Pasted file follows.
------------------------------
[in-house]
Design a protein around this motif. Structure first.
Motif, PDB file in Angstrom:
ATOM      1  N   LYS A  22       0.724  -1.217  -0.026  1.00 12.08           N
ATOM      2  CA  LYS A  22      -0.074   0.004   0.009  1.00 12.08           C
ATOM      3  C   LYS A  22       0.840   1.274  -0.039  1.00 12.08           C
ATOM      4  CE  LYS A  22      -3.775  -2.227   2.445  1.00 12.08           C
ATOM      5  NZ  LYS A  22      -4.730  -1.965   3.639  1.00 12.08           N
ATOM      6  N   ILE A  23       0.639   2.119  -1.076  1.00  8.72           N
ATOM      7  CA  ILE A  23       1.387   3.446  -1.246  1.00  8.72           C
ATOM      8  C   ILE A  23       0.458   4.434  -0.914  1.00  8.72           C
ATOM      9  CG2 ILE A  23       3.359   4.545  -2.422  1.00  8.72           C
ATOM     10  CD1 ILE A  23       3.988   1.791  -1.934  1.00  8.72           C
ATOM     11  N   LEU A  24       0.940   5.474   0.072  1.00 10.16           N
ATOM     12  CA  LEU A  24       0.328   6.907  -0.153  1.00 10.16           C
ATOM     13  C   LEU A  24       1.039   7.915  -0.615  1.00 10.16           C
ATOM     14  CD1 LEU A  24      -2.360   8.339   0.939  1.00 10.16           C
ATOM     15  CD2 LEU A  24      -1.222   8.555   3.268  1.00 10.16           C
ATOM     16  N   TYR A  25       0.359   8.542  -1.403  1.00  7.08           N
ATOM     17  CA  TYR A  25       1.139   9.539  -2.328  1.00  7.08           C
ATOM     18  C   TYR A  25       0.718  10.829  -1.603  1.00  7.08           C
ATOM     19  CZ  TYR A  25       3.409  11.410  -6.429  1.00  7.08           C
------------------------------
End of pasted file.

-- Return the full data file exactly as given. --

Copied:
[in-house]
Design a protein around this motif. Structure first.
Motif, PDB file in Angstrom:
ATOM      1  N   LYS A  22       0.724  -1.217  -0.026  1.00 12.08           N
ATOM      2  CA  LYS A  22      -0.074   0.004   0.009  1.00 12.08           C
ATOM      3  C   LYS A  22       0.840   1.274  -0.039  1.00 12.08           C
ATOM      4  CE  LYS A  22      -3.775  -2.227   2.445  1.00 12.08           C
ATOM      5  NZ  LYS A  22      -4.730  -1.965   3.639  1.00 12.08           N
ATOM      6  N   ILE A  23       0.639   2.119  -1.076  1.00  8.72           N
ATOM      7  CA  ILE A  23       1.387   3.446  -1.246  1.00  8.72           C
ATOM      8  C   ILE A  23       0.458   4.434  -0.914  1.00  8.72           C
ATOM      9  CG2 ILE A  23       3.359   4.545  -2.422  1.00  8.72           C
ATOM     10  CD1 ILE A  23       3.988   1.791  -1.934  1.00  8.72           C
ATOM     11  N   LEU A  24       0.940   5.474   0.072  1.00 10.16           N
ATOM     12  CA  LEU A  24       0.328   6.907  -0.153  1.00 10.16           C
ATOM     13  C   LEU A  24       1.039   7.915  -0.615  1.00 10.16           C
ATOM     14  CD1 LEU A  24      -2.360   8.339   0.939  1.00 10.16           C
ATOM     15  CD2 LEU A  24      -1.222   8.555   3.268  1.00 10.16           C
ATOM     16  N   TYR A  25       0.359   8.542  -1.403  1.00  7.08           N
ATOM     17  CA  TYR A  25       1.139   9.539  -2.328  1.00  7.08           C
ATOM     18  C   TYR A  25       0.718  10.829  -1.603  1.00  7.08           C
ATOM     19  CZ  TYR A  25       3.409  11.410  -6.429  1.00  7.08           C